-Tyrosine or tyrosine (symbol Tyr or Y) or 4-hydroxyphenylalanine is one of the 20 standard amino acids that are used by cells to synthesize proteins. It is a non-essential amino acid with a polar side group. The word "tyrosine" is from the Greek ''tyrós'', meaning ''cheese'', as it was first discovered in 1846 by German chemist Justus von Liebig in the protein casein from cheese. It is called tyrosyl when referred to as a functional group or side chain. While tyrosine is generally classified as a hydrophobic amino acid, it is more hydrophilic than phenylalanine. It is encoded by the codons UAC and UAU in messenger RNA. Functions Aside from being a proteinogenic amino acid, tyrosine has a special role by virtue of the phenol functionality. It occurs in proteins that are part of signal transduction processes and functions as a receiver of phosphate groups that are transferred by way of protein kinases. Phosphorylation of the hydroxyl group can change the activity of the t ...
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Phenyl
In organic chemistry, the phenyl group, or phenyl ring, is a cyclic group of atoms with the formula C6 H5, and is often represented by the symbol Ph. Phenyl group is closely related to benzene and can be viewed as a benzene ring, minus a hydrogen, which may be replaced by some other element or compound to serve as a functional group. Phenyl group has six carbon atoms bonded together in a hexagonal planar ring, five of which are bonded to individual hydrogen atoms, with the remaining carbon bonded to a substituent. Phenyl groups are commonplace in organic chemistry. Although often depicted with alternating double and single bonds, phenyl group is chemically aromatic and has equal bond lengths between carbon atoms in the ring. Nomenclature Usually, a "phenyl group" is synonymous with C6H5− and is represented by the symbol Ph or, archaically, Φ. Benzene is sometimes denoted as PhH. Phenyl groups are generally attached to other atoms or groups. For example, triphenylmethan ...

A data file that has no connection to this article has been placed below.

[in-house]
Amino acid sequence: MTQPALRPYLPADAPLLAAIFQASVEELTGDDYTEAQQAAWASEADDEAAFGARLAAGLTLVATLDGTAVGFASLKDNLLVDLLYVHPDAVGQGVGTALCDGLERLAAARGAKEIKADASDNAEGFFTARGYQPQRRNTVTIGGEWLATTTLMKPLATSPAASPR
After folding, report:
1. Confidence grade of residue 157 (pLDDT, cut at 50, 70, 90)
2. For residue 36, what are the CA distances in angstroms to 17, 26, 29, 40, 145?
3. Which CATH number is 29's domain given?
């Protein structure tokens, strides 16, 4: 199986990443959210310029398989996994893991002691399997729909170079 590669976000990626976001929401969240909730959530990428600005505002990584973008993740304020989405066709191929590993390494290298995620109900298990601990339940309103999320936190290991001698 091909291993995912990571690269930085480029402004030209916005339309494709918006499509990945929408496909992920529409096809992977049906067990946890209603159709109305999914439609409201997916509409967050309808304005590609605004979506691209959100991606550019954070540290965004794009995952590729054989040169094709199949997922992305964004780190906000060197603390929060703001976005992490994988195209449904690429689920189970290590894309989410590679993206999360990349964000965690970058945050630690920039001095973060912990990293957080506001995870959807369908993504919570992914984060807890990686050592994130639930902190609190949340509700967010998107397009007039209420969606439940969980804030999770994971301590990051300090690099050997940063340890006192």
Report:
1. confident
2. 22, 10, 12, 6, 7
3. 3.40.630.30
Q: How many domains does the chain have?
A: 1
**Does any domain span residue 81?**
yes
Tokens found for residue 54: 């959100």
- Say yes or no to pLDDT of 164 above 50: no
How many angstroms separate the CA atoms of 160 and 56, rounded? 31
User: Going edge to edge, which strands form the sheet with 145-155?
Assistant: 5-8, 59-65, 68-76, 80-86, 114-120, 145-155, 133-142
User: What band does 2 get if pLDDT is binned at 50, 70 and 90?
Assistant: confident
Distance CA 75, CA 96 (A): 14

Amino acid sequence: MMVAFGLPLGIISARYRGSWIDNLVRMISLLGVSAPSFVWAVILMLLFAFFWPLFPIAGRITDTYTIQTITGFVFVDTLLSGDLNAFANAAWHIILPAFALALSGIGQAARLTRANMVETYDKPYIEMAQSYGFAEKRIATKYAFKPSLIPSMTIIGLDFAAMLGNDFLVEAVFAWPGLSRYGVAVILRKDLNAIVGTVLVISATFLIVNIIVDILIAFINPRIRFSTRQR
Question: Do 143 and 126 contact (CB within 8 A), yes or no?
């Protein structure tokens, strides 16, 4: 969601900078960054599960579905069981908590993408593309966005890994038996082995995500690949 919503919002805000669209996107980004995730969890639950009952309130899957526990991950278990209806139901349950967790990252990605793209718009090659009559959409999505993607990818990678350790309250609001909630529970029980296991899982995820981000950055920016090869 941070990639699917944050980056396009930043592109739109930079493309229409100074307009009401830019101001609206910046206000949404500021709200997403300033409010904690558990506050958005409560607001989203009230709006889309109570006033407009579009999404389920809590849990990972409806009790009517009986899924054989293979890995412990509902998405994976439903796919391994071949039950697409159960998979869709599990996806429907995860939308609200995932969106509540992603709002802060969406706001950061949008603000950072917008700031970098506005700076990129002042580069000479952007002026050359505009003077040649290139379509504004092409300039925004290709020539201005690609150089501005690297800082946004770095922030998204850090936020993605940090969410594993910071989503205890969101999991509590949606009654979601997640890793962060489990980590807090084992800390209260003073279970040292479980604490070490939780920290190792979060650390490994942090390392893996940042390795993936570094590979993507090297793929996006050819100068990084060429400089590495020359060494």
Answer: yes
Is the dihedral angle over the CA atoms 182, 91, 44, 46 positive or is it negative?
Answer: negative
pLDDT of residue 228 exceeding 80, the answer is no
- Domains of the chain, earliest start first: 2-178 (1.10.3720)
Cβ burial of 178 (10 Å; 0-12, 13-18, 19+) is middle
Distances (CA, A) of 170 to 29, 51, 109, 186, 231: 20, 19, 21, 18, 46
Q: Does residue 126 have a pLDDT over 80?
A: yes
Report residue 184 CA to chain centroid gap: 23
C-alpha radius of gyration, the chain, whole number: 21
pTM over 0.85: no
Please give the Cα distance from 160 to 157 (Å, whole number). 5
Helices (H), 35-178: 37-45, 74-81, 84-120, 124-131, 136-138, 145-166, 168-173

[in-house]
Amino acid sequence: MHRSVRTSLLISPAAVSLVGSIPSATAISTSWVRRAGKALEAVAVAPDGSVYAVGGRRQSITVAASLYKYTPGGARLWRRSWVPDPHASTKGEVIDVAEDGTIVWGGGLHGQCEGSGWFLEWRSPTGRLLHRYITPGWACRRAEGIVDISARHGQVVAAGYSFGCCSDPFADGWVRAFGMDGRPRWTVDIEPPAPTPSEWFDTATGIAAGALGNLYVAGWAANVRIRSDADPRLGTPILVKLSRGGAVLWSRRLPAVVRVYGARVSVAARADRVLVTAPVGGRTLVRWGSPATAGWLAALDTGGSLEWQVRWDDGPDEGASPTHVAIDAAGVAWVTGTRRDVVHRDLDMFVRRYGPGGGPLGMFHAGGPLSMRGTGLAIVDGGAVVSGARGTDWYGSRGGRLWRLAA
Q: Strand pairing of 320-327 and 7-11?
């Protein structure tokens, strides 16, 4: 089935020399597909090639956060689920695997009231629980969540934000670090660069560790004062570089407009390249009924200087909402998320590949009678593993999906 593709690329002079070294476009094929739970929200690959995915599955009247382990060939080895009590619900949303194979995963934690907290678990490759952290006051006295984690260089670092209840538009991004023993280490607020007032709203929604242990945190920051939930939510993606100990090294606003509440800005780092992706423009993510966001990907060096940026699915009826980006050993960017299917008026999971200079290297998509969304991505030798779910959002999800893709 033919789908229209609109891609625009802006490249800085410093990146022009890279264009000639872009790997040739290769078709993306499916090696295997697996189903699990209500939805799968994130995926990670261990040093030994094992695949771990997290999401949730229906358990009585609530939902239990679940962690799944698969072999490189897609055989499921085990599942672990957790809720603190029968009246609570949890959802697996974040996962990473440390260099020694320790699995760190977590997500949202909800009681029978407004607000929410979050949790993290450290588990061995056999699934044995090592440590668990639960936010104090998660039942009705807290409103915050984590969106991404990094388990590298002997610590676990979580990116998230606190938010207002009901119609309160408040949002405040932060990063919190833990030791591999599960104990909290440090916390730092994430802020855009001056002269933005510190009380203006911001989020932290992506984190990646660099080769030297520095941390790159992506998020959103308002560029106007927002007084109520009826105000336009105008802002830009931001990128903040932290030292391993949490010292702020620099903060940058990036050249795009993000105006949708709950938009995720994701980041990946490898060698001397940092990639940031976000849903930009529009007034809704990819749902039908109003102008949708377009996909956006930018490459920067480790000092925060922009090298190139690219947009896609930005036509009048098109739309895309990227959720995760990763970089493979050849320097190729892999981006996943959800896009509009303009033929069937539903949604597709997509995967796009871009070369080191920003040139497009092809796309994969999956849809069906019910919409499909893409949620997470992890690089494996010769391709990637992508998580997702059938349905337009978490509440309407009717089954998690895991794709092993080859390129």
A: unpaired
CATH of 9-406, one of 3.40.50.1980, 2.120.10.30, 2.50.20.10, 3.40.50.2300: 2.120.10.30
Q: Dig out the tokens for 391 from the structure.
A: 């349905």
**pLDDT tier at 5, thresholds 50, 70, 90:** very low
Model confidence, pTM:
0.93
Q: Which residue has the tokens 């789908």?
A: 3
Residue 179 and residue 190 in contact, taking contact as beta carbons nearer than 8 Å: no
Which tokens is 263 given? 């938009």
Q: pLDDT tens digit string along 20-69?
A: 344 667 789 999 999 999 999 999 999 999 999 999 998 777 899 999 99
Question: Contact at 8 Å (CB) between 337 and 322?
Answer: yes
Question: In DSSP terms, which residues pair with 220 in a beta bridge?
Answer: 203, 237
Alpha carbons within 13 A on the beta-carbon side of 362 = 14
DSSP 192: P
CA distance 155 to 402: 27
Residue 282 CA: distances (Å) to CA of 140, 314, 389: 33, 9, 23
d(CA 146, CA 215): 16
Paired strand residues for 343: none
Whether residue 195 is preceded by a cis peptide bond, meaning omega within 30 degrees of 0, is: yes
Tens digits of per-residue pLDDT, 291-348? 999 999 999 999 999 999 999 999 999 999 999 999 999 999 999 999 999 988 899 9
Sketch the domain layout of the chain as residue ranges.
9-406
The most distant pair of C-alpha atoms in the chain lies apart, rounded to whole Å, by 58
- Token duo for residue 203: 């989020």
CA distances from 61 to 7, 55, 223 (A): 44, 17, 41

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Norepinephrine
Norepinephrine (NE), also called noradrenaline (NA) or noradrenalin, is an organic chemical in the catecholamine family that functions in the brain and body as both a hormone and neurotransmitter. The name "noradrenaline" (from Latin '' ad'', "near", and '' ren'', "kidney") is more commonly used in the United Kingdom, whereas "norepinephrine" (from Ancient Greek ἐπῐ́ (''epí''), "upon", and νεφρός (''nephrós''), "kidney") is usually preferred in the United States. "Norepinephrine" is also the international nonproprietary name given to the drug. Regardless of which name is used for the substance itself, parts of the body that produce or are affected by it are referred to as noradrenergic. The general function of norepinephrine is to mobilize the brain and body for action. Norepinephrine release is lowest during sleep, rises during wakefulness, and reaches much higher levels during situations of stress or danger, in the so-called fight-or-flight response. In ...
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Phenethylamine
Phenethylamine (PEA) is an organic compound, natural monoamine alkaloid, and trace amine, which acts as a central nervous system stimulant in humans. In the brain, phenethylamine regulates monoamine neurotransmission by binding to trace amine-associated receptor 1 (TAAR1) and inhibiting vesicular monoamine transporter 2 (VMAT2) in monoamine neurons. To a lesser extent, it also acts as a neurotransmitter in the human central nervous system. In mammals, phenethylamine is produced from the amino acid L-phenylalanine by the enzyme aromatic L-amino acid decarboxylase via enzymatic decarboxylation. In addition to its presence in mammals, phenethylamine is found in many other organisms and foods, such as chocolate, especially after microbial fermentation. Phenethylamine is sold as a dietary supplement for purported mood and weight loss-related therapeutic benefits; however, in orally ingested phenethylamine, a significant amount is metabolized in the small intestine by ...
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Epinephrine